Nancy Chodorow, a feminist psychoanalyst, made significant contributions with her book "The Reproduction of Mothering" (1978). She combined psychoanalytic theory with feminist sociology to explain how family structures perpetuate gender roles and female oppression. She argued that the traditional mothering role creates psychological patterns that sustain male dominance and female subordination. Particularly, Chodorow argues that the traditional practice of women being the primary caregivers leads to them developing relational capacities and emotional attunements that are undervalued in a patriarchal society. She suggests that relational orientation in women contributes to their continued roles as caregivers and nurturers, perpetuating gender inequalities in both the private and public spheres. Children grow up to expect women to be the primary caregivers, and this expectation perpetuates the cycle of gendered division of labour and power imbalances. Chodorow highlights the need for changes in the family structure and the division of labour to achieve gender equality. By advocating for shared parenting and caregiving responsibilities, she envisions a society where both men and women can engage equally in nurturing roles, thus disrupting the cycle of gendered oppression.


Jessica Benjamin's work, particularly in "The Bonds of Love" (1988), explores the dynamics of power, recognition, and domination in gender relationships. She integrates psychoanalytic theory with feminist thought to understand how gender inequality is reproduced through relational patterns. She also examines how the desire for recognition and the fear of annihilation shape gendered interactions and societal structures. Benjamin emphasises the concept of intersubjectivity, which involves recognising and validating the subjectivity of another person, an element essential for balanced and healthy relationships. Benjamin explores how the need for recognition is fundamental to human development and relational dynamics, suggesting that the failure to achieve mutual recognition leads to domination and submission, with men historically seeking to assert control over women in order to maintain their own sense of identity and power.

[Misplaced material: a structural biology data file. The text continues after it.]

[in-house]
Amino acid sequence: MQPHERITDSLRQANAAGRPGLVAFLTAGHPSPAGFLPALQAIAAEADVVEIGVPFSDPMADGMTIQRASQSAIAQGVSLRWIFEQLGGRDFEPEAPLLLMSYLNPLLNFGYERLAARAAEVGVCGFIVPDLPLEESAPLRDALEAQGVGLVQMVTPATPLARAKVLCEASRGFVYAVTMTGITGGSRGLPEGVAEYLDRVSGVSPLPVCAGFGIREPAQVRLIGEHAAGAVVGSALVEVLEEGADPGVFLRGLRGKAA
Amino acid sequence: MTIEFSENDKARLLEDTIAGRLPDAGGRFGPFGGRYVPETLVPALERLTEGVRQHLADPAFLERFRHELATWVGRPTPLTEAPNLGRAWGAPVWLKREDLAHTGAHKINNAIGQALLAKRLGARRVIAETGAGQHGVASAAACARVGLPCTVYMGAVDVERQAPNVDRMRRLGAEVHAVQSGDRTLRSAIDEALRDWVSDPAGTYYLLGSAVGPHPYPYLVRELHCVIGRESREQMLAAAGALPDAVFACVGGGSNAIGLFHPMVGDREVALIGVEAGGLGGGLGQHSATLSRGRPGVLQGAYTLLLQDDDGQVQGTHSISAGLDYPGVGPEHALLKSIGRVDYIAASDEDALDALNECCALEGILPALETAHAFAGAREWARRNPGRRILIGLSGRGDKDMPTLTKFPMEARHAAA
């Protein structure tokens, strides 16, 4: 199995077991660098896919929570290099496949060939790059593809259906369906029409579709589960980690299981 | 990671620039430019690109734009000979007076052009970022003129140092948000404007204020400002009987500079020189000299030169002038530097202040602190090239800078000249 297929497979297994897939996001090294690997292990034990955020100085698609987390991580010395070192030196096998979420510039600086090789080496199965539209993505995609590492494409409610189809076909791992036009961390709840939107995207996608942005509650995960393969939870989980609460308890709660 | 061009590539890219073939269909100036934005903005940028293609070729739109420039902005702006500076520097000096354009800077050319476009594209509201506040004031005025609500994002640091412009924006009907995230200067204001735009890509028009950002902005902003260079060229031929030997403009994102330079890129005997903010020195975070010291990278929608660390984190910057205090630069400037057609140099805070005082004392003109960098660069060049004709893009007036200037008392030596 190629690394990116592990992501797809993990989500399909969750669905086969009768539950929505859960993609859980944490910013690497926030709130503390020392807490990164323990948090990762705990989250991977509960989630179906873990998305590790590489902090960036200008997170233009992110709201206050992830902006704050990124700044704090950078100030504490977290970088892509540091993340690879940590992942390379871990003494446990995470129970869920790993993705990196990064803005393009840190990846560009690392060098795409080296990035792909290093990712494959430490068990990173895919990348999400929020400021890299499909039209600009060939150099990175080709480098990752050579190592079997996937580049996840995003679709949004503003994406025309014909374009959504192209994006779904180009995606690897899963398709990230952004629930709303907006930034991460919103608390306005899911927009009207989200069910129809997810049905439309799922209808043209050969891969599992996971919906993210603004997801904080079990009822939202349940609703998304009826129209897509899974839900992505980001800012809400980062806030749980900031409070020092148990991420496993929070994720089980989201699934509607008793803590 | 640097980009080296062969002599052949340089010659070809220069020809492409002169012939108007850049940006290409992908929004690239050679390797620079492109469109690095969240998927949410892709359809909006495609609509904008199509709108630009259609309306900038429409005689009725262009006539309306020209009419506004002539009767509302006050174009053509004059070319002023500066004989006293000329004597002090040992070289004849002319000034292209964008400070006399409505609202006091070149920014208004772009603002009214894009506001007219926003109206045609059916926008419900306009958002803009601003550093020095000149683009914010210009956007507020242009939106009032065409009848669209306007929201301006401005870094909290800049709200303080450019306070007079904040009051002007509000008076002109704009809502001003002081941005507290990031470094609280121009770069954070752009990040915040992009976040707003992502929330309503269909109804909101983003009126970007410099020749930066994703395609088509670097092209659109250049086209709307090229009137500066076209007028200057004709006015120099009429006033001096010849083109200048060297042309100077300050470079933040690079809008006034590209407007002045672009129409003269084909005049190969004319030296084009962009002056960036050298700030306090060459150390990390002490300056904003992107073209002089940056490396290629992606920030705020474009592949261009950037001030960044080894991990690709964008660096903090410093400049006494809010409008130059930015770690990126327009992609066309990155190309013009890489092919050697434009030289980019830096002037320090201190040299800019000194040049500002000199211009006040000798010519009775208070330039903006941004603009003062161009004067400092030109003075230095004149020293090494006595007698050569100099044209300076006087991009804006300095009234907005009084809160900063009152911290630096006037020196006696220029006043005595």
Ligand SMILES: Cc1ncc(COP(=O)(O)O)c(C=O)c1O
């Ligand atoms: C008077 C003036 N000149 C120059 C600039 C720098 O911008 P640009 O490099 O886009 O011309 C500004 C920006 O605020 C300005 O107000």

Julia Kristeva, a psychoanalyst and philosopher, explores the intersection of language, psychoanalysis, and feminism. Kristeva introduced the concepts of the "semiotic" and the "symbolic". The semiotic is associated with the maternal body, characterised by rhythm, tone, and movement. It is a space of fluidity, creativity and freedom. The symbolic, on the other hand, is associated with language, structure, and law, typically governed by paternal authority. It represents the realm of culture, order, and rationality. The semiotic is often repressed in patriarchal societies that prioritise the symbolic order, which contributes to the marginalisation of the feminine and the maternal. Kristeva argues that Western culture has historically devalued the maternal and the feminine, associating them with chaos and disorder. She suggests that the maternal body represents a threat to the symbolic order because it embodies the semiotic, which disrupts the stability and coherence of the symbolic through its creativity and freedom. Kristeva examines the complexities of love and sexuality too, particularly how they are developed and maintained by cultural norms and societal structures. She argues that traditional conceptions of love and desire often reinforce male dominance and female subordination, suggesting the need for new forms of relationality that acknowledge and respect the otherness of the partner.